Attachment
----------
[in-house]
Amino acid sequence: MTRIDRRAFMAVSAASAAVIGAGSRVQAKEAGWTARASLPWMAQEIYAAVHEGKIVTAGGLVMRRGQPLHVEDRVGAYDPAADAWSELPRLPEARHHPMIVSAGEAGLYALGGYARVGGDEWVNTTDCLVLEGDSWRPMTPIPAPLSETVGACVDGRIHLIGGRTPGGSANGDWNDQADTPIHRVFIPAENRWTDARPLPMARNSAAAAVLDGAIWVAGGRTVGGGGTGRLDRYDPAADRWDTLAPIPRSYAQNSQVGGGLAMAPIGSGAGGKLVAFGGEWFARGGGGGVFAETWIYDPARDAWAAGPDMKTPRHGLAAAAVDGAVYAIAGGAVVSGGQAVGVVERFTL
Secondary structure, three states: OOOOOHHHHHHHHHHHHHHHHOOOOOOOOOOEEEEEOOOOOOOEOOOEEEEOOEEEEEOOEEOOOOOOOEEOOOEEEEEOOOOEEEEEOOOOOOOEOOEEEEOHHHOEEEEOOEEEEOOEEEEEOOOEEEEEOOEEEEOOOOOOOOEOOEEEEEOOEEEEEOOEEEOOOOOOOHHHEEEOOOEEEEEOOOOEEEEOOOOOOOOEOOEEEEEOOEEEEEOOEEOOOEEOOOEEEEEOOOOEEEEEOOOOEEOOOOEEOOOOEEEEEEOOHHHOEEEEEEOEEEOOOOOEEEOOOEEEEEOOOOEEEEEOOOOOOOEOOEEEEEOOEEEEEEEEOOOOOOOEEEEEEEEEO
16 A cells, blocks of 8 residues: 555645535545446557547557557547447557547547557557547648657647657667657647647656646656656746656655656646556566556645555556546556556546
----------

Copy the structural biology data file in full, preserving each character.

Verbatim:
[in-house]
Amino acid sequence: MTRIDRRAFMAVSAASAAVIGAGSRVQAKEAGWTARASLPWMAQEIYAAVHEGKIVTAGGLVMRRGQPLHVEDRVGAYDPAADAWSELPRLPEARHHPMIVSAGEAGLYALGGYARVGGDEWVNTTDCLVLEGDSWRPMTPIPAPLSETVGACVDGRIHLIGGRTPGGSANGDWNDQADTPIHRVFIPAENRWTDARPLPMARNSAAAAVLDGAIWVAGGRTVGGGGTGRLDRYDPAADRWDTLAPIPRSYAQNSQVGGGLAMAPIGSGAGGKLVAFGGEWFARGGGGGVFAETWIYDPARDAWAAGPDMKTPRHGLAAAAVDGAVYAIAGGAVVSGGQAVGVVERFTL
Secondary structure, three states: OOOOOHHHHHHHHHHHHHHHHOOOOOOOOOOEEEEEOOOOOOOEOOOEEEEOOEEEEEOOEEOOOOOOOEEOOOEEEEEOOOOEEEEEOOOOOOOEOOEEEEOHHHOEEEEOOEEEEOOEEEEEOOOEEEEEOOEEEEOOOOOOOOEOOEEEEEOOEEEEEOOEEEOOOOOOOHHHEEEOOOEEEEEOOOOEEEEOOOOOOOOEOOEEEEEOOEEEEEOOEEOOOEEOOOEEEEEOOOOEEEEEOOOOEEOOOOEEOOOOEEEEEEOOHHHOEEEEEEOEEEOOOOOEEEOOOEEEEEOOOOEEEEEOOOOOOOEOOEEEEEOOEEEEEEEEOOOOOOOEEEEEEEEEO
16 A cells, blocks of 8 residues: 555645535545446557547557557547447557547547557557547648657647657667657647647656646656656746656655656646556566556645555556546556556546